884 results where found for «Un mill��n de amigos»


The Paper Boat (El barco de papel)

Music piece by:
Julio Numhauser, popularised by the band Amerindios
Testimony by:
Carlos Muñoz
Detention in:
« One of the most important songs in the detention centres. Impossible to count how many times we sang it. Every time someone was released from a detention camp or there was credible information that a person would be sent into exile, a gigantic chorus would sing this song, in a powerful unison. No one could possibly forget it. Especially significant at Tres Álamos, as this was the “exit” camp. »
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Creole Mass – Gloria (Misa criolla - Gloria)

Music piece by:
Ariel Ramírez
Testimony by:
Luis Cifuentes Seves
Detention in:
Campamento de Prisioneros Chacabuco, November – December 1973
« As far as I remember (and there may be other versions), Los de Chacabuco band was founded by Ángel Parra in response to a request by the Army chaplain Varela, who asked for assistance for the Mass he celebrated for both prisoners and soldiers. »
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For the Guy Who's Leaving

Music piece by:
Alfredo Zitarrosa
Testimony by:
Luis Cifuentes Seves
Detention in:
Campamento de Prisioneros Chacabuco, November – April 1974
« Marcelo Concha Bascán, a member of the Los de Chacabuco band, was a young man of great charisma and personal skills. He had been a swimming champion and was an outstanding guitarist and singer. »
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Today I Sing for the Sake of Singing (Hoy canto por cantar)

Music piece by:
Nydia Caro and Riccardo Ceratto
Testimony by:
Beatriz Bataszew Contreras
Detention in:
« I have never been a great music listener. Nevertheless, before the coup I used to listen to Nueva Canción, especially Quilapayún and Rolando Alarcón. I also liked cumbias, to fool around. We would dance and have fun. »
[...]
« The history of the female political prisoners was different from that of the men because it heavily emphasised sexual violence and sexual torture. Up until now, this has been denied and looked upon with indolence, from institutions to human rights organisations. We women never achieved justice and never will. »
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Tacit Song (Canción tácita)

Music piece by:
All the women present at that moment in Chacabuco
Testimony by:
Mónica García Cuadra
Detention in:
« I am the daughter of a former political prisoner who spent a long time imprisoned at Chacabuco, among other places. I am Monica, a little 9-year-old girl who travelled with a heavy heart full of sadness to visit her father, Gerardo García Salas, held at the Chacabuco concentration camp. I am an only child and in my young life, he is my sole reference point and, in essence, my image of masculinity. »
[...]
« To get to Chacabuco, we must cross many obstacles alongside so many other women, and I am anxious to embrace my beloved father. Holding my mother's hand and in the company of many other women, we waited under the desert sun and wind that carried stories from the past as we beat our brows to engrave that moment into our memory. »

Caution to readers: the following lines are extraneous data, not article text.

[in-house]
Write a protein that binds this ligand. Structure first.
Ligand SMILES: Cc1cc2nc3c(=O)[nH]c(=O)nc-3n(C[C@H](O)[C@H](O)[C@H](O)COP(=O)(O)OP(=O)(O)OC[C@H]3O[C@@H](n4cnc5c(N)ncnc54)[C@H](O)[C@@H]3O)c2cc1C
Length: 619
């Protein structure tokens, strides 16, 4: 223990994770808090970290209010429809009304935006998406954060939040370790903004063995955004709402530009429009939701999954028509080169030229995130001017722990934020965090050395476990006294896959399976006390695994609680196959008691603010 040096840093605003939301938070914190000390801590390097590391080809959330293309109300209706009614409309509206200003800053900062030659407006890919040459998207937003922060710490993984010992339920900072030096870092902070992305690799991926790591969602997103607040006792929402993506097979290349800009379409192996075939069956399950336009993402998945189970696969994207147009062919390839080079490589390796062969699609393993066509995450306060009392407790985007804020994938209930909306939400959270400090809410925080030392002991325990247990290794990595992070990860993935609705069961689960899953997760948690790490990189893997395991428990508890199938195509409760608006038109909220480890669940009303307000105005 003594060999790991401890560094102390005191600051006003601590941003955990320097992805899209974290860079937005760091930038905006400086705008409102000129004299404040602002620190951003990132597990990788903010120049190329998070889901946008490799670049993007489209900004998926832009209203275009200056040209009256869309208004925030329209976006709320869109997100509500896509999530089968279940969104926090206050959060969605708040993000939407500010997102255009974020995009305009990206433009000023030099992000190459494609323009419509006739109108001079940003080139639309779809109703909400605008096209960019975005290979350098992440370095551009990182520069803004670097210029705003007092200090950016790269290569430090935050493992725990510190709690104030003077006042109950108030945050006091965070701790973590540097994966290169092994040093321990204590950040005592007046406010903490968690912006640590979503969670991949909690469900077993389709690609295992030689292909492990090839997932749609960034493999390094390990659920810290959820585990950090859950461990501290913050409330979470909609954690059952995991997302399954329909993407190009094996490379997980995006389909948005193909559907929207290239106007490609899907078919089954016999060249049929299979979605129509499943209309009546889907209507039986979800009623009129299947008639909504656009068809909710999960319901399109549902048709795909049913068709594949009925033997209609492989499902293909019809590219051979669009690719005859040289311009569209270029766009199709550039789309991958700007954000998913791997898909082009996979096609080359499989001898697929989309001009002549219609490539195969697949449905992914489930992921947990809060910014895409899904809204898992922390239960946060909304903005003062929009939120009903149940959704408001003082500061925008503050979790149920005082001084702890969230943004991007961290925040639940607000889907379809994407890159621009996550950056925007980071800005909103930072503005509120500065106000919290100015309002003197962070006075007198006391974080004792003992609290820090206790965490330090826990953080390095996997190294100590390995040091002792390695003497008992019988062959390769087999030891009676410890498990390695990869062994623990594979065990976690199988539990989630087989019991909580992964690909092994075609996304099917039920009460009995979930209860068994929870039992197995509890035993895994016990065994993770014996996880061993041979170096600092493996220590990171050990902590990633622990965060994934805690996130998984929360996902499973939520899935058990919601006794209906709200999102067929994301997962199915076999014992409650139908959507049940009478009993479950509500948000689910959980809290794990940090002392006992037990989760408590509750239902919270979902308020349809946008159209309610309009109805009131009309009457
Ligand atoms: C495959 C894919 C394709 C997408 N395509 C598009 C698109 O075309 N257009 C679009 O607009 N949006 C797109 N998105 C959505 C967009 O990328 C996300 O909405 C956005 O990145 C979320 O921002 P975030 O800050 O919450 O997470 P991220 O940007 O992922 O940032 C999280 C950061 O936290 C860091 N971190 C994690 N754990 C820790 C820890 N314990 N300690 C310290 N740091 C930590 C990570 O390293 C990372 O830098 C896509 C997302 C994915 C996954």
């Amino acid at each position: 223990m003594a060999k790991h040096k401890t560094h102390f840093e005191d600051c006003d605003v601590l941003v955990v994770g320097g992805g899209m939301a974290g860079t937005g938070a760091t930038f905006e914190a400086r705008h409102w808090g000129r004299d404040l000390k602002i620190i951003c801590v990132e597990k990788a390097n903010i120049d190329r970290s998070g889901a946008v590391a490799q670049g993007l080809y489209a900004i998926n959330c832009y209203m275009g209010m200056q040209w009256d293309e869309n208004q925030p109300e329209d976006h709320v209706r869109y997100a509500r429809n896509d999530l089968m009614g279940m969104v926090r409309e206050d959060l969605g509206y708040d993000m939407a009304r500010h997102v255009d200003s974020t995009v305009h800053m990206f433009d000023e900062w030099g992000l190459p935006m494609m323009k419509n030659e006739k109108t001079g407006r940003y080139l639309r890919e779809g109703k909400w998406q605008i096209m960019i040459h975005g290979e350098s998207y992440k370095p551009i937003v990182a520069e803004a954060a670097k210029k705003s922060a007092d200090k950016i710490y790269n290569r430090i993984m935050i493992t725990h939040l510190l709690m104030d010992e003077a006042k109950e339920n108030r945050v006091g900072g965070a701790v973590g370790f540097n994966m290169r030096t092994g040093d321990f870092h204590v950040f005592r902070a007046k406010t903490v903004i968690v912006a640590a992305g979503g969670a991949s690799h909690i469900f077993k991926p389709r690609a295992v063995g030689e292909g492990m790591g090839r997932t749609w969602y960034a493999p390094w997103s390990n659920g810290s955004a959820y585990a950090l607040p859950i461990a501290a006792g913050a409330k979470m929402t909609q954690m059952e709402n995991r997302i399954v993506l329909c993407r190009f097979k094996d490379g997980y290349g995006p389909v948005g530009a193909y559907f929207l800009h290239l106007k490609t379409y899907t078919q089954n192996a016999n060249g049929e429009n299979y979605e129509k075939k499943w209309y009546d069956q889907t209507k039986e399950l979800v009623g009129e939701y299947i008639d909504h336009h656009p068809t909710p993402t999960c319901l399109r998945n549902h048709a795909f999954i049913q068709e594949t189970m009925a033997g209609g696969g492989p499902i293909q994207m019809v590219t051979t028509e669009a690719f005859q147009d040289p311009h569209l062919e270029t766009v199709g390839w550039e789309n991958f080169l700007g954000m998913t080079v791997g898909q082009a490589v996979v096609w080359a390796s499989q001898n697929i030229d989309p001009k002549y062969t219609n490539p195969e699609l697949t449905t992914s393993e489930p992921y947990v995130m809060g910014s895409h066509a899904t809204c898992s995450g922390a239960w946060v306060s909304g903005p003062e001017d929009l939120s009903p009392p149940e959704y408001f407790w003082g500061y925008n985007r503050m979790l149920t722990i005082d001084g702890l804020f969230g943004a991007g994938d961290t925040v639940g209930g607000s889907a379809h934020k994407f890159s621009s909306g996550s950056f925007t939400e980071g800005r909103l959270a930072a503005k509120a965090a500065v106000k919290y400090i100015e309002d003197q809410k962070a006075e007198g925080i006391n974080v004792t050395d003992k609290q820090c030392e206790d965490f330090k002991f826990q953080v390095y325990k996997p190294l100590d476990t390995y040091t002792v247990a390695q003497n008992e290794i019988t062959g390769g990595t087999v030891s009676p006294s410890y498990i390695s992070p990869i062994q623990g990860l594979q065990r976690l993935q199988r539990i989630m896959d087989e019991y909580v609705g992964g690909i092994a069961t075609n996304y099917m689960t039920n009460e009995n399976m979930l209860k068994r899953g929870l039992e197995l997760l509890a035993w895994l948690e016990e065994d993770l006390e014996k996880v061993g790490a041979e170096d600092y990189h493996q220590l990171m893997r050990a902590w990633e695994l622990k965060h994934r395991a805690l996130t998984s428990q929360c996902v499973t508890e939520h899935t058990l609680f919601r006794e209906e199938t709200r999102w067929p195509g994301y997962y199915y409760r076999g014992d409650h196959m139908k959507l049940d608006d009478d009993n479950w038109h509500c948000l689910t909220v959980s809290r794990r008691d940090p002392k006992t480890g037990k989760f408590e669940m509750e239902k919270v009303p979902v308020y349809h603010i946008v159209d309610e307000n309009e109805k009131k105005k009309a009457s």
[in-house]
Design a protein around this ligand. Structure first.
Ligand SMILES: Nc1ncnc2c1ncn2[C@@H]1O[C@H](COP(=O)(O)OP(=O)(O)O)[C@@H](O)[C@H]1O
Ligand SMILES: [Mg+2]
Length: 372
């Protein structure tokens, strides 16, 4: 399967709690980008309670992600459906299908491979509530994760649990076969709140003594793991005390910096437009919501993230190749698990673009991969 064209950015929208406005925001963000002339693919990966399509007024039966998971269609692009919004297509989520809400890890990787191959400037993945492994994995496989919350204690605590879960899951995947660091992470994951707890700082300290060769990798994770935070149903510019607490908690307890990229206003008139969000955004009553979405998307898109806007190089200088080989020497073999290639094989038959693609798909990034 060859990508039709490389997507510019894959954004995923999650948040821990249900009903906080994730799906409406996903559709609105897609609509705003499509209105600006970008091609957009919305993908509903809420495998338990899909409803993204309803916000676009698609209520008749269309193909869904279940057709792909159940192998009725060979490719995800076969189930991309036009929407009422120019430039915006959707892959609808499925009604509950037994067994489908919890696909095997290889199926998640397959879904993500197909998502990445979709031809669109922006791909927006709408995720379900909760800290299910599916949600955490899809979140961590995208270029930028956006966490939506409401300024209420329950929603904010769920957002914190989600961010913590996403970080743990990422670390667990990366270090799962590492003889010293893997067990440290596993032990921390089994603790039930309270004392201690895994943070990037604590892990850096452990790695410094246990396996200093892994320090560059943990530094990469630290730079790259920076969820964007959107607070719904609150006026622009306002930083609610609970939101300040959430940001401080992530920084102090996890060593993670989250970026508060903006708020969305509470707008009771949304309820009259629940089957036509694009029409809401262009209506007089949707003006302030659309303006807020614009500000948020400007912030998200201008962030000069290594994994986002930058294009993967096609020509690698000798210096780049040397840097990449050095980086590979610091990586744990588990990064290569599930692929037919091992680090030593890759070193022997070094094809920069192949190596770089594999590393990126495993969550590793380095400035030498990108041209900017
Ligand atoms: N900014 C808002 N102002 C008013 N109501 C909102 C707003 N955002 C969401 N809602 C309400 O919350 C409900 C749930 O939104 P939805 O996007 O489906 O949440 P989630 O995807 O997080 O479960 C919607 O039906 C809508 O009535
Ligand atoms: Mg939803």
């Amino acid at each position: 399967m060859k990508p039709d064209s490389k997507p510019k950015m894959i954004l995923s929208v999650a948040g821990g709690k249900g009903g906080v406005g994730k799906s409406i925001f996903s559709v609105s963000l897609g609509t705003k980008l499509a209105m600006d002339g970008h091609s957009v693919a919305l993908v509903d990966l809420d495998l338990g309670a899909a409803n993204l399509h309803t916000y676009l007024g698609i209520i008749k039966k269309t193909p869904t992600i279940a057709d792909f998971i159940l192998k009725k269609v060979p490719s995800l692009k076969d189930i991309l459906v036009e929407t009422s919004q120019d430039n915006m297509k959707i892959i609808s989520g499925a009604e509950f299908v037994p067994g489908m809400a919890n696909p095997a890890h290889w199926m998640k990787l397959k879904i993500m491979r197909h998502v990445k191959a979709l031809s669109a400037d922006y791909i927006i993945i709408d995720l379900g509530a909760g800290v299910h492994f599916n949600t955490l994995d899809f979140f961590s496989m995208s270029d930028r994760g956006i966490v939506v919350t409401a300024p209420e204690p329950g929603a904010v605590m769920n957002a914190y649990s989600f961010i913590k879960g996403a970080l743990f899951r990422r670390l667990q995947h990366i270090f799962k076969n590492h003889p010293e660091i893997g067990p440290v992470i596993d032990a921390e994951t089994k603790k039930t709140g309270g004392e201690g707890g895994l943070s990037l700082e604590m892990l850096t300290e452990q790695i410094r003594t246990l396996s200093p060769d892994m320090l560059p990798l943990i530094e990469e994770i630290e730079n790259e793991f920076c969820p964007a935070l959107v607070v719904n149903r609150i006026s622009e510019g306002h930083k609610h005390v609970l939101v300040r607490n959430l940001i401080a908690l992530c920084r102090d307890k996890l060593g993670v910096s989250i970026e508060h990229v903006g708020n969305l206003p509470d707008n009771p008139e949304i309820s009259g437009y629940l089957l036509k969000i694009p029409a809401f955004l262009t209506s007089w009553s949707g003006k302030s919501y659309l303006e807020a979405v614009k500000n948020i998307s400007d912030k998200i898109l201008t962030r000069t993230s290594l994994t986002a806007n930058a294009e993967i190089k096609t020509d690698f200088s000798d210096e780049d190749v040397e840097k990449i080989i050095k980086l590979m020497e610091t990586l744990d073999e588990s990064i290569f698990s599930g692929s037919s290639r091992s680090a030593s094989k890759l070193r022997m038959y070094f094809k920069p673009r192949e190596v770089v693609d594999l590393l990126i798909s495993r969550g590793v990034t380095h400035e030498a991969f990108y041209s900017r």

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The Vargas War (La guerra de los Vargas)

Music piece by:
Celestino Carrasco
Testimony by:
Luis Cifuentes Seves
Detention in:
Campamento de Prisioneros Chacabuco, November 1973 - February 1974
« This old Venezuelan song, written by an unknown songwriter, and that has had many variations, was performed by Los de Chacabuco in during the camp’s weekly show. »
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The Letter (La carta)

Music piece by:
Violeta Parra
Testimony by:
Paicavi Painemal
Detention in:
« We set up a band with a group of fellow prisoners. They were young, university students. One of them had a guitar. »
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We Shall Prevail (Venceremos)

Music piece by:
Claudio Iturra (lyrics) and Sergio Ortega (music)
Testimony by:
Lucía Chirinos
Detention in:
« The parish priest at Buen Pastor played the accordion. He played so beautifully. Because I played the piano, I asked him if I could borrow it. 'I'll lend it to you' he said. »
[...]
« Marisa Cruces (the title character of the Mexican soap opera La cruz de Marisa Cruces) sure had a hold on the heterogeneous audience made up of serious criminals, petty criminals, guards, traitors to the Fatherland and nuns. They would all cry about the vicissitudes the protagonist endured. »
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Free (Libre)

Music piece by:
José Luis Armenteros and Pablo Herrero, popularised by Nino Bravo.
Testimony by:
Guillermo Orrego Valdebenito
« This song was performed in the Stadium grandstands by a worker from the Madeco factory: Peineta Vasquez, winner of a Song Festival that was organised at grassroots level, during the times when we were allowed to leave the spaces under the grandstands, inside the stadium,  to sunbathe, together with women from various countries, before they got sent off to the pool area. »
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Amalia Rosa

Music piece by:
Tino Carrasco
Testimony by:
Luis Cifuentes Seves
Detention in:
Campamento de Prisioneros Chacabuco, November 1973 - February 1974
« Los de Chacabuco, a band founded and conducted by Ángel Parra, performed this Venezuelan folk song, in the style of a joropo, singing it at the weekly prison camp show. I dare say it was one of the favourite songs of the audience, comprised of political prisoners. »
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